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StartX, the accelerator for Stanford-affiliated entrepreneurs, gets a new CEO

StartX has grown a lot over the years, shifting from a program focused almost exclusively on helping Stanford students become founders to one that now also supports later-stage companies and serial entrepreneurs. As the accelerator looks to take the next step in its evolution, it has brought in alum Joseph Huang as its new CEO.
While not officially or legally connected to Stanford, StartX has operated as a launching point for companies founded by students and alumni. Over the years it has aggressively expanded the scope of its program and the number of founders that count themselves as part of its community.
At its start, the accelerator primarily helped students and first-time founders in the earliest stages of company formation and product development. But as time has gone on, StartX has gradually added support for serial entrepreneurs and growth-stage companies. About a third of founders in any given session have already founded a startup and another third are Series A or later.
While StartX doesn’t take equity in the companies that participate, the accelerator has partnered with Stanford to invest in its startups. The Stanford-StartX Fund is a passively managed investment vehicle that is entirely opt-in for StartX startups to take advantage of, as it offers to invest in up to 10 percent of a company’s financing round as long as they meet a set of objective criteria.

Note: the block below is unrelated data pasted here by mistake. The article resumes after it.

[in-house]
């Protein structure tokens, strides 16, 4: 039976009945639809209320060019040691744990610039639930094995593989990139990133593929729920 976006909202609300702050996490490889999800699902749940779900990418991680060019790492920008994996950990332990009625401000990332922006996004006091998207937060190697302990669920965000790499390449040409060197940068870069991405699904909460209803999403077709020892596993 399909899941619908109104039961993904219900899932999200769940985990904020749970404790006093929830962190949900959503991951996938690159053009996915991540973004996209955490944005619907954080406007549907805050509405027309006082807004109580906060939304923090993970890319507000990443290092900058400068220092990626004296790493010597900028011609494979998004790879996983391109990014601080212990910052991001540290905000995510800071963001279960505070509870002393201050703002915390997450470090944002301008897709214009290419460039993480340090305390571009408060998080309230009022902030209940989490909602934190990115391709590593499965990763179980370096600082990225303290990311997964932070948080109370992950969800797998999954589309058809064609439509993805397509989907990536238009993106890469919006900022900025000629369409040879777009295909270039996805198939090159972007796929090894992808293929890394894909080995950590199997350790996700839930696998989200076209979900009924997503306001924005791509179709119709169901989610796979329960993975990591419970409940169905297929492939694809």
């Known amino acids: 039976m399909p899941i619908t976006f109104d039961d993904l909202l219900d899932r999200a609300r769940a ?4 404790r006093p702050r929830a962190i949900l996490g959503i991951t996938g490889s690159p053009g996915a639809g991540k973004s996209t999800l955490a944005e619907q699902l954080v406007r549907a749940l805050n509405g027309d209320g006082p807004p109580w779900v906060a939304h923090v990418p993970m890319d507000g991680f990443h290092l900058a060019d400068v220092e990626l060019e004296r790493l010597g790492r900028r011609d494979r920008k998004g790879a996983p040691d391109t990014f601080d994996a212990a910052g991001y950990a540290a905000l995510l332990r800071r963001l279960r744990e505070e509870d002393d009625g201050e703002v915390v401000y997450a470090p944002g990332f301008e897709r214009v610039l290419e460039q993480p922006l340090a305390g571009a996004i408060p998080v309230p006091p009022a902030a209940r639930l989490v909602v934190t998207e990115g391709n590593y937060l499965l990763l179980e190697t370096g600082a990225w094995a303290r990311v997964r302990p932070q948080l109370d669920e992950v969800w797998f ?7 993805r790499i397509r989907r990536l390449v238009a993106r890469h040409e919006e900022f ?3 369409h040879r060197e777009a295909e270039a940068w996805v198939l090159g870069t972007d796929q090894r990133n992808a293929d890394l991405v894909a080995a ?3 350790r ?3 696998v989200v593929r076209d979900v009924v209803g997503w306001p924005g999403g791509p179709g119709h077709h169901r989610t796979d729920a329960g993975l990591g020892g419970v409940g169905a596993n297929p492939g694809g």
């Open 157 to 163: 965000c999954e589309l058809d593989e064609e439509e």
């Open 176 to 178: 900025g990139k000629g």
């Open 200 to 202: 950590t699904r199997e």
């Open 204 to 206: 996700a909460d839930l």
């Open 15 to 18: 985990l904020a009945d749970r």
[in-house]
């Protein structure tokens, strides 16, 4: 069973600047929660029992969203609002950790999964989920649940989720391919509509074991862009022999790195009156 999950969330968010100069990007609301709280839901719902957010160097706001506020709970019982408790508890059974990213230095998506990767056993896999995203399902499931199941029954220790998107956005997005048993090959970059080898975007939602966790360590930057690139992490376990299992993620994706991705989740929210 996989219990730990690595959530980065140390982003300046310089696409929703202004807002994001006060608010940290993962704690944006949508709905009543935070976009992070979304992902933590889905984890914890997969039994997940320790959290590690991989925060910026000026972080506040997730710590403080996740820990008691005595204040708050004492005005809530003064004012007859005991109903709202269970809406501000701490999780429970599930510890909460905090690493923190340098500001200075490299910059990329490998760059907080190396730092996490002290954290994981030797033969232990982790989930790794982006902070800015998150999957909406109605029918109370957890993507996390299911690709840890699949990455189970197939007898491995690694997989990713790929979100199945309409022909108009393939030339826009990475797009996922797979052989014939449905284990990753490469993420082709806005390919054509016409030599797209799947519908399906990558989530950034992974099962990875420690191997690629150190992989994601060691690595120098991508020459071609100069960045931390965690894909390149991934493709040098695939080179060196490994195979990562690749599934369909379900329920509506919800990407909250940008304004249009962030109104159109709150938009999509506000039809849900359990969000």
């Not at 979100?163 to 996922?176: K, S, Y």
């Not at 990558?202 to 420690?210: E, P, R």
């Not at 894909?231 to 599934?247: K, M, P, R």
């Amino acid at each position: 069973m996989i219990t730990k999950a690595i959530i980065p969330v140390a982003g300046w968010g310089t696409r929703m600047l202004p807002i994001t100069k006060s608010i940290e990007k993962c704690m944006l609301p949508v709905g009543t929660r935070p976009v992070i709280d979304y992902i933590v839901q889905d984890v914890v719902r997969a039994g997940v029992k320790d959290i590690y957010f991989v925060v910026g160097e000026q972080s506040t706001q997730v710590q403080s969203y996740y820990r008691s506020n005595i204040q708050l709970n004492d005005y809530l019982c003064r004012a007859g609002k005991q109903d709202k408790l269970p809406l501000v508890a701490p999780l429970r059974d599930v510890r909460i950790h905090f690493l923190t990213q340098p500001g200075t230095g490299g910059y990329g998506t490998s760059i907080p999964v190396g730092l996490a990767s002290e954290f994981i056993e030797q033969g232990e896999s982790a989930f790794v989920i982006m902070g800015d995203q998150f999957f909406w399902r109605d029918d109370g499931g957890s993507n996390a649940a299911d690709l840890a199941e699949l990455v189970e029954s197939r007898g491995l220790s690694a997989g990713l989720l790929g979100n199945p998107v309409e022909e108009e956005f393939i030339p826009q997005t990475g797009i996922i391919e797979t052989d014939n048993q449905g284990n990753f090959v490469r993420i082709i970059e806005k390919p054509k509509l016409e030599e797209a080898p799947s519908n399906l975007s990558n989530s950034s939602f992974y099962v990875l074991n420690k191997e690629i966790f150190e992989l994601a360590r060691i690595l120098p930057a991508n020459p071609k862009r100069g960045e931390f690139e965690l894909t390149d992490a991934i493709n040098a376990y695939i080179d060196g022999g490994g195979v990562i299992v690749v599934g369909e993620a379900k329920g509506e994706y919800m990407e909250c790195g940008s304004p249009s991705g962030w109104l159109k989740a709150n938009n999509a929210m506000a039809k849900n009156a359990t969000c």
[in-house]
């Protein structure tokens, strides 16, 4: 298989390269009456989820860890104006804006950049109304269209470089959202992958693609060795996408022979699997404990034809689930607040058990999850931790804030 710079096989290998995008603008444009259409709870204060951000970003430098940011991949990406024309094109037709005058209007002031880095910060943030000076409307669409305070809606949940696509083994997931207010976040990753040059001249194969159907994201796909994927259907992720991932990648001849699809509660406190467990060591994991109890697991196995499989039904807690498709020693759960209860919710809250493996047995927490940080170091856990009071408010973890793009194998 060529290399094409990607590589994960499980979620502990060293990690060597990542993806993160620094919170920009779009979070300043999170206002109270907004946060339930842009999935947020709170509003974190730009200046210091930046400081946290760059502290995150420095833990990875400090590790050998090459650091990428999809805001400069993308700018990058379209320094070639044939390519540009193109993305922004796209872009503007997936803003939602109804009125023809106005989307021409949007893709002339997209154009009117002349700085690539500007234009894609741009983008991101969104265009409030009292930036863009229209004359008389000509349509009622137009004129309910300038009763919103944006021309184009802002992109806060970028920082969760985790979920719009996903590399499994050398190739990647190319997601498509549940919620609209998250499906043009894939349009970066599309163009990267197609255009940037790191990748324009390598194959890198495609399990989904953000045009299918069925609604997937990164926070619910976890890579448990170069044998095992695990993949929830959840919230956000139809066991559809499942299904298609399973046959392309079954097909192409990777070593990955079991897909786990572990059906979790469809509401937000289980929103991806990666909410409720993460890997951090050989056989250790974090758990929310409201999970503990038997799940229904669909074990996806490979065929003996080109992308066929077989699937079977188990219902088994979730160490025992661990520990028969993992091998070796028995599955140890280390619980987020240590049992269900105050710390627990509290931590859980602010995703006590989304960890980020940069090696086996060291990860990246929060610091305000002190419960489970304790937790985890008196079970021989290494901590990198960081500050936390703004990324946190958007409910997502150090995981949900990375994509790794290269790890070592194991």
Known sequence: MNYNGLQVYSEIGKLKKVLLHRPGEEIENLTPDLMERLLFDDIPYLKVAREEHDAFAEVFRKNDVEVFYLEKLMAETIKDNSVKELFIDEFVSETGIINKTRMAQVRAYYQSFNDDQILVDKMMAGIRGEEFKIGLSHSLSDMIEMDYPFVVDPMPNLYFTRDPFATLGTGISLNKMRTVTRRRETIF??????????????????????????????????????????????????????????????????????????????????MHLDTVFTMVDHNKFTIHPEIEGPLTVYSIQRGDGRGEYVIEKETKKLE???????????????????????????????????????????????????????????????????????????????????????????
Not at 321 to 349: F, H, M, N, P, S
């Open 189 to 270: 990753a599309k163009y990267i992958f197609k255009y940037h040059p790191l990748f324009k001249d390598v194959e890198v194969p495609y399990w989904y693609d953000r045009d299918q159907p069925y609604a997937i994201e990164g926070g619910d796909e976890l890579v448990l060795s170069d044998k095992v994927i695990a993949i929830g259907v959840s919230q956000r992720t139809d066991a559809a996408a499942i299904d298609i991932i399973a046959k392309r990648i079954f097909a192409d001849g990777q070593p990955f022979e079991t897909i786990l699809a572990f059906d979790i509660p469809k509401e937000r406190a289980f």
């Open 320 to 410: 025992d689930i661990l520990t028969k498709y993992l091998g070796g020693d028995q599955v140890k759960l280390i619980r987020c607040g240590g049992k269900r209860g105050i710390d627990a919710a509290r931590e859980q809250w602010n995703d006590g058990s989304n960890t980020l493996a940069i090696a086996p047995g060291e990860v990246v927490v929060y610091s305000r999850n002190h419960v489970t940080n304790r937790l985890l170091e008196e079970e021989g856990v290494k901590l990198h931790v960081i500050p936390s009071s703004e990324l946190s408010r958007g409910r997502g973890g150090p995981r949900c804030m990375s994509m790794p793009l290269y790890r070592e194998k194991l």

Although it’s opt-in, nearly every company has chosen to take investment, according to StartX founder and former CEO Cameron Teitelman. Since launching the Stanford-StartX Fund in 2013, the entity has made 340 investments in 225 companies. And it will continue to do so, as Stanford reaffirmed its commitment to the fund last summer.
Now with about 1,000 entrepreneurs as part of its community, the Stanford-StartX Fund is looking to build more tools to support founders.  And to help lead some of that initiative, Huang will be taking over as CEO.
Huang is an alumnus of StartX, who sold his company WiFiSLAM to Apple for $20 million in early 2013. While he’s spent the last four years at the tech giant, Huang has remained active in the StartX community, moonlighting as a mentor and adviser.
“When I reflect on my time at Stanford, the greatest (teaching assistants) were those who had taken the class in the past,” Huang said. As someone who had taken part in StartX as a founder and has also seen it from the mentor side of things, Huang has a unique perspective on how to best support founders who take part.
With the appointment of Huang as CEO, founder and former CEO Cameron Teitelman will be moving into a chairman role. As such, he will remain active as an advisor, and will continue to work on admissions and recruiting companies to participate in the accelerator.

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